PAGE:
Dir: Ridley Scott | US Action Drama 153′
This medieval parable based on a true story feels utterly up to date with its modern rape-revenge theme told from three perspectives: a savvy noblewoman, her pompous husband and the silver-tongued ‘Squire’ who rapes her. Ridley’s Scott’s latest is a magnificently mounted and gory epic, crowned by a string of charismatic performances: Jodie Comer is Marquerite de Carrouges, Matt Damon her husband Sir Jean, and Adam Driver. the squire, Jacques Le Gris. Ben Alffleck is dynamite as his close friend and ally Count Pierre d’Alencon, rocking a saucy blond wig; Alex Lawther plays a mincing King Charles VI. Strange accents are the order of the day – Laurence Olivier would turn in his grave.
Back in the 14th century chivalry was a big thing. And men took their gallantry seriously, and were even prepared to stake their lives on it. Women were merely impotent bystanders in this honour-bound society, and that’s – to an extent – the only flaw in the rape-centred story. Co-writer Nicole Holofcener (Gladiator) serves up revenge from a female point of view primped with contemporary credentials, showing that a woman’s mental resolve can be just as strong as the sword when her own honour is called into question.
Freighted by the gravity of its subject matter, The Last Duel bristles with intrigue from start to finish, a gripping crowd-pleaser that wears its ethical and moral emblems proudly on its 14th-century sleeve. Ridley Scott jostles us through the early part of his film establishing the milieu of brutal battlefield set-pieces finally getting down to business with the crux of the narrative: land-ownership and property in 1386. Norman knight Carrouges is locked in a bitter dispute with his nemesis Le Gris over parcels of land and military preferment. But when his wife Marguerite accuses Le Gris of rape, the feud turns murderous, Carrouges asking King Charles VI for the right to challenge his enemy to a duel.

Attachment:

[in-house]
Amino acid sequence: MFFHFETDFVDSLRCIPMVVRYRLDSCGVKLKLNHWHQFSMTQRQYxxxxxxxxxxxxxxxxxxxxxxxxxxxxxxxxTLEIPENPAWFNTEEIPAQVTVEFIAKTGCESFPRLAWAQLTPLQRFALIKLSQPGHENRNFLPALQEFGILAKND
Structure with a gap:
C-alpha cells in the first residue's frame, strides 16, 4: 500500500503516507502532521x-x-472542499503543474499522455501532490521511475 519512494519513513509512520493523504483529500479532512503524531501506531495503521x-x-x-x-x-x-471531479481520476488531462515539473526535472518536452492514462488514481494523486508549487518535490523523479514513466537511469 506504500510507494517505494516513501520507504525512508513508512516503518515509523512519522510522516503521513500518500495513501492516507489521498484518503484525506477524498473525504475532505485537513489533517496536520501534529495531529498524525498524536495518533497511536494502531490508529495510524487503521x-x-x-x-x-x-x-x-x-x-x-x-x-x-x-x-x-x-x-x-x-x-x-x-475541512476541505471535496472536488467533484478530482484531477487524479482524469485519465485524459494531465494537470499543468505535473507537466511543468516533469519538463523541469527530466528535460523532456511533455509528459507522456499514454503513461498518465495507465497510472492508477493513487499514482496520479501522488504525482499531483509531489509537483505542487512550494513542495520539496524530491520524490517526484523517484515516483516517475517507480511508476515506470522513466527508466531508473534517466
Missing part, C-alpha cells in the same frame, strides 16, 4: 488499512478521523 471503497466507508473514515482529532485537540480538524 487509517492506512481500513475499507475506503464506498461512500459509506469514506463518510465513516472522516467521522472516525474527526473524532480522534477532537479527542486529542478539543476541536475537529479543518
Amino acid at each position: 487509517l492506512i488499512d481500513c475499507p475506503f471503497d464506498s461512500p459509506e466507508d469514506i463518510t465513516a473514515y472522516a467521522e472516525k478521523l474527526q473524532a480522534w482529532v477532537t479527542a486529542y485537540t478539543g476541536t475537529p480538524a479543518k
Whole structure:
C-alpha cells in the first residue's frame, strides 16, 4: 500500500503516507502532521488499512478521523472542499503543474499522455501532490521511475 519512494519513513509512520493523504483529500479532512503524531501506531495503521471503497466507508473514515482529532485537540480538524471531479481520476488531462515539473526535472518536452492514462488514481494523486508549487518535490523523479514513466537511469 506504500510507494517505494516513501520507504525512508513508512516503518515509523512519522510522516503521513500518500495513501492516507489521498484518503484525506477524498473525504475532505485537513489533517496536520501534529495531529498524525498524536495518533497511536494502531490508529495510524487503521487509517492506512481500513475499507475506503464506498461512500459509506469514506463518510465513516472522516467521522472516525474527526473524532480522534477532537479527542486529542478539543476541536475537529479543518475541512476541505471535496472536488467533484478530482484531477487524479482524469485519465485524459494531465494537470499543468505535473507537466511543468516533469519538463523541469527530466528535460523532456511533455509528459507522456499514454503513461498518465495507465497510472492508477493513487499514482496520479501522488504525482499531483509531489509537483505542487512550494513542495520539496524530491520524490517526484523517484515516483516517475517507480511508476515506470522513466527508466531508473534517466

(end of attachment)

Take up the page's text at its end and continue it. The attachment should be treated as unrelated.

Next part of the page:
Based on Eric Jager’s bestseller: The Last Duel: A True Story of Trial By Combat in Medieval France, the macho premise morphs into a female-centric tale reflecting on the putative assault from the three different angles, growing more persuasive as they pass from assailant to victim.
Once again Jodie Comer is the star of the show even through she only grabs part of the screen time from the macho male contingent in a lavish and entertaining Hollywood style arthouse action drama. MT
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